So, is Colmar really the most beautiful city in the world?  In reality, no, but through the magic of photography and some mystical quality of the local air, you might be charmed into thinking it is!  Why not go find out for yourself?

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Maid in the Shade

The B-25 Mitchell bomber was sitting on an access road, just off of the cross-wind runway, as we arrived at Villeneuve Airport, near St. Albert, Alberta. We could see the flight crew and ground-support crew at work around the WWII veteran, while volunteers from the Alberta Aviation Museum in Edmonton dealt with the public.

It isn’t often that you see a fully-restored B-25 Mitchell bomber. Volunteers of the Commemorative Air Force in Arizona spent 28 years working on “Maid in the Shade” before she was ready to venture once again into the “wild blue yonder.” This was her first visit to Canada; after several stops in Alberta she would head over to British Columbia, then back to the States.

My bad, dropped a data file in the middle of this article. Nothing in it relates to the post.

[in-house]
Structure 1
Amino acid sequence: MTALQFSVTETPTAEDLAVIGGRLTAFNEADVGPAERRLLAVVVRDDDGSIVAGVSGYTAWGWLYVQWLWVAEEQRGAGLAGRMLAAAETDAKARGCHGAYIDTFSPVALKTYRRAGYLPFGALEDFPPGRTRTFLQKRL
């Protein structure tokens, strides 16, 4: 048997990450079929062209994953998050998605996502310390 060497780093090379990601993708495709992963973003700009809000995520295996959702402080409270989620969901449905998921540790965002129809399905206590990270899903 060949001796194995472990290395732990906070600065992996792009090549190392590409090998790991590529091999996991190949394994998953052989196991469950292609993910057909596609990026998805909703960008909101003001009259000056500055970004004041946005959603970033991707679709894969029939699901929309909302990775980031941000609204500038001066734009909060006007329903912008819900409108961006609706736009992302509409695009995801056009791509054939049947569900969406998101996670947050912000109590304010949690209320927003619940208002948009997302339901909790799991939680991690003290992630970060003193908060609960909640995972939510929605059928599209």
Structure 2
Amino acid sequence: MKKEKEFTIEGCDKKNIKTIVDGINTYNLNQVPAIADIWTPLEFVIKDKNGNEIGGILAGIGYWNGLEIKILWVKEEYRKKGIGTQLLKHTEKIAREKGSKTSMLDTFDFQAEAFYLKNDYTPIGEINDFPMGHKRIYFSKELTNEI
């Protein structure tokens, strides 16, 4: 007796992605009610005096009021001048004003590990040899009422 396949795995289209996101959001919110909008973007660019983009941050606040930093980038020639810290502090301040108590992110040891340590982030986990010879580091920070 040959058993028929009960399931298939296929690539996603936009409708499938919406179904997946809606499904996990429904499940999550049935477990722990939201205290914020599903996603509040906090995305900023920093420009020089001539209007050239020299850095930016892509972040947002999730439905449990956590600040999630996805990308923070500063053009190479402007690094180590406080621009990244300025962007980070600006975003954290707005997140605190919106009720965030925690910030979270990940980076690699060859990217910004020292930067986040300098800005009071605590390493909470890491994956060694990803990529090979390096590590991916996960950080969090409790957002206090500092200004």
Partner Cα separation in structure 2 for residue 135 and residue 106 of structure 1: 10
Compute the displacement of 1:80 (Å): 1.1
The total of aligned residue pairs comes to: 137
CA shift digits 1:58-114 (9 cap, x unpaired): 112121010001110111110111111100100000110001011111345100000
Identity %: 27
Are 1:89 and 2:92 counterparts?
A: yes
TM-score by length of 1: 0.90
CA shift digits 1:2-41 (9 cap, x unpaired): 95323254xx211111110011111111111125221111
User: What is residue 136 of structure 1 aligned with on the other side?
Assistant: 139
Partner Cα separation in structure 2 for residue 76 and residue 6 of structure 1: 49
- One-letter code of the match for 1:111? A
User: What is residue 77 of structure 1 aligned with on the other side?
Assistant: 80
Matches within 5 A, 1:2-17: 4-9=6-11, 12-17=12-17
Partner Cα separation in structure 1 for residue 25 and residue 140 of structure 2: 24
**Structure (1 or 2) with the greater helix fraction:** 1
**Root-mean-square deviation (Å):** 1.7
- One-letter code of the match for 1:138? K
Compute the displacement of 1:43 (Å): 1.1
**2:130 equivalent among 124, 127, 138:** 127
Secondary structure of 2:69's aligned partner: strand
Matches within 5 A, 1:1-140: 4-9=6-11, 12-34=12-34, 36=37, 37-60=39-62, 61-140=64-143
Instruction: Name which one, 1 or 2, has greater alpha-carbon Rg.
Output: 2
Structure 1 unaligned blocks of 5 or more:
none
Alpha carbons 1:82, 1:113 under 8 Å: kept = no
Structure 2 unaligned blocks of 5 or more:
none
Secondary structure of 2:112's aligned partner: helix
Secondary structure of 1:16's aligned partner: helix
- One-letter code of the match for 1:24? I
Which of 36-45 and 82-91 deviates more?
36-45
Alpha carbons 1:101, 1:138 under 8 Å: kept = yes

So what exactly does this have to do with a travel blog? Break open your piggy banks folks, because for a not-so-small fee, you (and seven other people) can go for a twenty-minute flight in “Maid in the Shade.” No, we didn’t opt for a ride. Chris and I spent enough time flying back when we owned our Spezio TuHoler open-cockpit airplane. Luckily, it only cost a few dollars to view the bomber, and a few dollars more to climb inside it.

A crew member of the "Maid in the Shade" helps Chris as she climbs into the belly of the B-25 Mitchell bomber.

A crew member of the “Maid in the Shade” helps Chris as she climbs into the belly of the B-25 Mitchell bomber.

We were the first people allowed to approach “Maid in the Shade” and while I photographed the outside, Chris climbed into the belly of the beast to photograph the inside. Soon enough, people were swarming all over the B-25. A few hours later, the lucky passengers were helped aboard and the real fun was about to start.